The Inquirer joins those blaming Hillary Clinton's defeat, in part on "a cyberespionage and information-warfare campaign" ("No time to move on," Monday). But no U.S. intelligence authority suggests that the emails exposed were false or doctored, or that the Russians, or anyone else, hacked into the U.S. electoral system. Instead, they did the U.S. media's job for them, exposing the dirty tricks the Democratic National Committee was up to, such as sabotaging Bernie Sanders' campaign and supplying Clinton with questions she could be asked in an upcoming debate. The DNC should blame itself and campaign chairman John Podesta's foolishly exposing his email account.
The Inquirer should be more concerned that the ease with which the DNC was hacked suggests our most sensitive intelligence secrets, which were on Clinton's private server, are now also probably in the hands of nations that wish us harm.
|Nick O'Dell, Phoenixville
As a veteran journalist, it saddens me to see the Inquirer joining the media scrum shamelessly parroting Obama administration and Democratic Party claims that Russia hacked the Democratic Party and the U.S. election.
Prior to Thursday's Senate Armed Services Committee hearing on cybersecurity threats from foreign factions, the government had presented no hard evidence of such a hack - only inferences - but neither the Inquirer nor any other major news organization has followed basic journalistic principles to present the other side. Why haven't you told readers that WikiLeaks, which published the purloined emails damaging to Hillary Clinton, insists they came from a leaker, not a Russian hack? And why haven't you interviewed experts such as retired National Security Agency technical director William Binney and former CIA senior analyst Ray McGovern, who knowledgeably observe that if there had been a Russian hack, the NSA would have the details to prove it?
Your readers deserve honest journalism, not regurgitated government and Democratic Party propaganda.
|Dave Lindorff, Maple Glen
The rapid rise of fake news in the media has been in the headlines recently. The commentary that criticized the economic performance during the Obama years with misinterpreted statistics is no exception ("From debt to jobs, a failure to deliver," Tuesday).
The commentary noted that since January 2008, U.S. population has grown by 20 million, but job creation by only 7 million. Should we be creating jobs for the children who represent this population increase?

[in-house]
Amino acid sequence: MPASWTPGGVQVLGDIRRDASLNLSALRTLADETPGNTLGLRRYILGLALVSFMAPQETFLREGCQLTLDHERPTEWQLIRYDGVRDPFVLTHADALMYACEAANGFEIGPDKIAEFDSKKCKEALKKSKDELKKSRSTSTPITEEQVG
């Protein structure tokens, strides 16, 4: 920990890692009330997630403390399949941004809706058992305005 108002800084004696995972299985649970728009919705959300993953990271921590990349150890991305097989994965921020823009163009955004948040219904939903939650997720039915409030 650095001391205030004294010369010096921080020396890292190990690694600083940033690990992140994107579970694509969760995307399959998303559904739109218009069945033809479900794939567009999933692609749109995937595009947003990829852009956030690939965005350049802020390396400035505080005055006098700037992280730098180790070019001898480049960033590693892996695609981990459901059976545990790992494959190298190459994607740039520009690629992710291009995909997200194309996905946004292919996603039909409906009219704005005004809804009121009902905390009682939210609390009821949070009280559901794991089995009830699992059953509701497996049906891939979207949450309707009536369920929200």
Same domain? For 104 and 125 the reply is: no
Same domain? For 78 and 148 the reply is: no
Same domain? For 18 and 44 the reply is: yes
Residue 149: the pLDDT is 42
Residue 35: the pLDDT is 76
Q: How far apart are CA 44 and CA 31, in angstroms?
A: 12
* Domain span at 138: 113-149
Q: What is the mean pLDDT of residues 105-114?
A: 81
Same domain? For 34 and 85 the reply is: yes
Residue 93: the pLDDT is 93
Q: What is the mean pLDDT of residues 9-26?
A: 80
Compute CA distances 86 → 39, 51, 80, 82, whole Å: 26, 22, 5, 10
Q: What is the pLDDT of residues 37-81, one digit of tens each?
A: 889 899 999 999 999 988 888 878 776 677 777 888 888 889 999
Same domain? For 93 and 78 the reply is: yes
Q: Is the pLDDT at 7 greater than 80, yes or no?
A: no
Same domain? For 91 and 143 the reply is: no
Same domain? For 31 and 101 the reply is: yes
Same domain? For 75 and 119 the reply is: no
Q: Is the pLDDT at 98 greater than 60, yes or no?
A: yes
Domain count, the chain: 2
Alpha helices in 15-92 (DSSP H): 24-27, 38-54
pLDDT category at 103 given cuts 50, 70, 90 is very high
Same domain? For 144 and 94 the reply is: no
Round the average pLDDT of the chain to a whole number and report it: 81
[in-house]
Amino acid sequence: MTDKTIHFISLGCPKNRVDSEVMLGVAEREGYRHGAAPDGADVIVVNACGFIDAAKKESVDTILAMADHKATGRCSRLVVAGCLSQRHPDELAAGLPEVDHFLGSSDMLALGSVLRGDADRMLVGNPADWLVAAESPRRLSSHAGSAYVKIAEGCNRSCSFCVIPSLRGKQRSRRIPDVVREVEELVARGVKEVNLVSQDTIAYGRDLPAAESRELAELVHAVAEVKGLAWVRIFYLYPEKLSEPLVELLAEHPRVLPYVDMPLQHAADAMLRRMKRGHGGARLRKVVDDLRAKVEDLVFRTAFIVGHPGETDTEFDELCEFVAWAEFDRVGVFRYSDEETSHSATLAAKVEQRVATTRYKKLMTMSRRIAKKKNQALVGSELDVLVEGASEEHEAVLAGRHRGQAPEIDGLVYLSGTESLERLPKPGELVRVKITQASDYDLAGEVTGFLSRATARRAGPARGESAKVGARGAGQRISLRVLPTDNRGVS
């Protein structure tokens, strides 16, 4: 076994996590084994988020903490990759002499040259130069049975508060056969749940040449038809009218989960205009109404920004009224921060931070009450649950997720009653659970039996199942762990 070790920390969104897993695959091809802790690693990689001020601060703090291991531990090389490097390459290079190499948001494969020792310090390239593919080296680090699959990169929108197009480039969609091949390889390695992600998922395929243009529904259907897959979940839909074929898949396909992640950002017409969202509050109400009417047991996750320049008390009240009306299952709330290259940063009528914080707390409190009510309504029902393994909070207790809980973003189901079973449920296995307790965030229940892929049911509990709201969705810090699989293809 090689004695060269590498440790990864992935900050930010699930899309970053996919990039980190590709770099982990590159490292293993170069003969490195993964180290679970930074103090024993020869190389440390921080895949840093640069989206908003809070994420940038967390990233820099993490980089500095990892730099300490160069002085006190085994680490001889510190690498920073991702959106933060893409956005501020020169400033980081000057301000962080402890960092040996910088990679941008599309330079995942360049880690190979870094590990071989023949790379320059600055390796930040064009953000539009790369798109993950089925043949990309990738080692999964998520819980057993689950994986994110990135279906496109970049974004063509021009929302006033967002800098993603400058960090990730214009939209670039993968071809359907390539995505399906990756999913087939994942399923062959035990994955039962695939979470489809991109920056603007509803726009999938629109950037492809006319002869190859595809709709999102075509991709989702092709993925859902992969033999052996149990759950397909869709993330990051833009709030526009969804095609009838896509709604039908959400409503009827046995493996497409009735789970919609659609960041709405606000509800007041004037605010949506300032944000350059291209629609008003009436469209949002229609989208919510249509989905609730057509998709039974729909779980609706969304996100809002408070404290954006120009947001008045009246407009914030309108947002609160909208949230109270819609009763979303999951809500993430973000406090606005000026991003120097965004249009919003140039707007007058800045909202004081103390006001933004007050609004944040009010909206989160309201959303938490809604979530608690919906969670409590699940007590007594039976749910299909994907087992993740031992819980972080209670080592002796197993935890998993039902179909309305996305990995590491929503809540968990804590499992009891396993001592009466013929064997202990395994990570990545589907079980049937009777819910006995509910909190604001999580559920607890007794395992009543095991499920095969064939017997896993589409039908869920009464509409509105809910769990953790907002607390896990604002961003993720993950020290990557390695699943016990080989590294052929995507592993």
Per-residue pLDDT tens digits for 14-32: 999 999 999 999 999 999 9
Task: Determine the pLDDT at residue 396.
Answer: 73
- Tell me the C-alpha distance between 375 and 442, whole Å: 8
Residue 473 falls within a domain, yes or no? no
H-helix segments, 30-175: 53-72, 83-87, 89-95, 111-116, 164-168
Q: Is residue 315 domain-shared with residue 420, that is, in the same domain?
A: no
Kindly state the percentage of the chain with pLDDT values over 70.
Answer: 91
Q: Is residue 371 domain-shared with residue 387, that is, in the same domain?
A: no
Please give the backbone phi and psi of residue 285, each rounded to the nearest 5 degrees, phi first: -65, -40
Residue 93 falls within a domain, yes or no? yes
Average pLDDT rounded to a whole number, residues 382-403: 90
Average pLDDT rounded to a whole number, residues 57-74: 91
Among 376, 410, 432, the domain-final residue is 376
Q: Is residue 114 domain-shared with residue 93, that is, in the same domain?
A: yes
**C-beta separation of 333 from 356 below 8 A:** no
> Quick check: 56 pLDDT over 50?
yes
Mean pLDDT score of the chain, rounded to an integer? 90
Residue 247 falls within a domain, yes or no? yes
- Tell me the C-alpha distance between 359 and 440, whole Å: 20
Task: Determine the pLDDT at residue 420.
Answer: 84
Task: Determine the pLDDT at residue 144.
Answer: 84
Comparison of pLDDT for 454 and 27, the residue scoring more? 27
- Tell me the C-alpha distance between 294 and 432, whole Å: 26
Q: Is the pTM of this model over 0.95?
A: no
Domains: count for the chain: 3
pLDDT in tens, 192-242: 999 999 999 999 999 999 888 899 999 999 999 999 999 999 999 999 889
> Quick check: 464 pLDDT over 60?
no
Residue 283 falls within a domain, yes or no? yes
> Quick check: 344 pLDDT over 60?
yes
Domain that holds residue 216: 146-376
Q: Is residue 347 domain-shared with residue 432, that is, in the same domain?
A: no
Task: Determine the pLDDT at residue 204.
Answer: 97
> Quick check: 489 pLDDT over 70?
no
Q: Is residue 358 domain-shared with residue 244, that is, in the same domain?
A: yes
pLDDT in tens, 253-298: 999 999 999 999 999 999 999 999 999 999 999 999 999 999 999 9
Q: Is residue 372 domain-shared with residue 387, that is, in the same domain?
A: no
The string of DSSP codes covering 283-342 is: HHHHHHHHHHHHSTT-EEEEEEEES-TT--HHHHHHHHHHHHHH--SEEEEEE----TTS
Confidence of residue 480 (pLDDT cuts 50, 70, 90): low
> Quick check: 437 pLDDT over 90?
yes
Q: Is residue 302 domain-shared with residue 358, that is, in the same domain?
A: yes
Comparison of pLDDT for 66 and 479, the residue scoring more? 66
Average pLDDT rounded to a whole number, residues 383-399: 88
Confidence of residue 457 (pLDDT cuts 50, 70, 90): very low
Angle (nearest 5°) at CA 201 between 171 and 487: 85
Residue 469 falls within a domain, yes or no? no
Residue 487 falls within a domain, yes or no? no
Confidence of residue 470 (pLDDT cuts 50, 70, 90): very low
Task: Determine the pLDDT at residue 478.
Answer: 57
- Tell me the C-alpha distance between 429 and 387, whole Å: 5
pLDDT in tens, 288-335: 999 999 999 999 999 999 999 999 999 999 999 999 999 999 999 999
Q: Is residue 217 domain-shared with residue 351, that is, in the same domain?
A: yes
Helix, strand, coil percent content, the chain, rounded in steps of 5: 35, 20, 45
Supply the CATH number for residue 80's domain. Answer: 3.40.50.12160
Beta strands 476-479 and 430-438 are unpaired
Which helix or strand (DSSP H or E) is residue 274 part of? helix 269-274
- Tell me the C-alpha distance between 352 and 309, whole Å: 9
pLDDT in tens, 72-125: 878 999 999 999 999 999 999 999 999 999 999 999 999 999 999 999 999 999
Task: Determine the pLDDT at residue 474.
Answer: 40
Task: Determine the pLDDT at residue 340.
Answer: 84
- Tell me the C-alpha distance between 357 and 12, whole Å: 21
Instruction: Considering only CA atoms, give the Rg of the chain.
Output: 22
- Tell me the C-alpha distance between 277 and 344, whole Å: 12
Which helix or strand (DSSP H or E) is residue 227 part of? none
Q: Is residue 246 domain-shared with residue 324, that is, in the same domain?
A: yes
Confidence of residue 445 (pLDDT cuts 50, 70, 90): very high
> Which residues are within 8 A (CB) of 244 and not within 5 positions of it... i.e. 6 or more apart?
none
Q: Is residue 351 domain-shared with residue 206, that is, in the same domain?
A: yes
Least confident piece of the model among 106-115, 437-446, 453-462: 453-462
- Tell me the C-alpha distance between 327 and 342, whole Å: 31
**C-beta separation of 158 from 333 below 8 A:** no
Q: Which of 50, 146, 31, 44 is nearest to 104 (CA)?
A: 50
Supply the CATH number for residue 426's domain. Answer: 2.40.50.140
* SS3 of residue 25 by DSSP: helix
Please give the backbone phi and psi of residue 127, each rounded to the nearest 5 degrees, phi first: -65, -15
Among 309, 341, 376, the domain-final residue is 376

It cited Bureau of Labor Statistics figures that 14.5 million more Americans were out of the workforce in November than when Obama took office. But it failed to note the bureau's analysis, indicating the change was due mainly to demographic trends, such as more young people in school and more elderly retired.
The decrease in home ownership was a result of incomplete recovery from the 2008 mortgage crisis, not Obama's economic policies.
The commentary blamed the government student-loan program for a 25 percent increase in college costs over the last seven years. College costs have been going up an average of 5 percent a year for at least the last 10 years, which would have produced an increase of 41 percent in that time had the rate not slowed recently.
|Charles Cozewith, Washington Crossing
There's quite a fuss over the Philadelphia sugary-beverage tax ("New levy leaves a sour taste for some," Wednesday), but it goes practically unnoticed that I, among all the beer drinkers in our city's restaurants and bars, have been directly or indirectly paying a tax on all draft and bottled beers for more than 10 years. Comparing the 1.5 cents-per-ounce tax on sugary drinks to the 10 percent tax on 12-ounce bottles of beer, many beer drinkers are paying about a 40-cent tax - about 22 cents more than for a 12-ounce sugary drink. Should I cry in my beer?
|Edwin E. Scully, Philadelphia, firstname.lastname@example.org
Philadelphia's judicial system has a remarkable opportunity to protect children from sexual abuse with the sentencing of Alexander Brengle. This Delaware County man has been convicted of sexually abusing a 14-year-old while tutoring him in 2009. He displayed sophisticated grooming behavior to maintain the victim's silence, and he has displayed no remorse. This indicates that as long as Brengle is free, children are at risk.
Research shows that abusers of children typically have 50 to 150 victims. Victims usually need years to disclose their abuse, their cases are difficult to bring to trial, and convictions are difficult to obtain. So, when there is one, the sentencing represents a huge opportunity for judges to protect children.
Judges must keep this in mind when sentencing those who prey on children. Child sexual abuse causes lifelong harm for its victims. Lengthy sentences are one of the best ways to protect children from convicted offenders. And we urge judges to remember this when sentencing Brengle and other sex offenders.
|Melanie Blow, chief operating officer,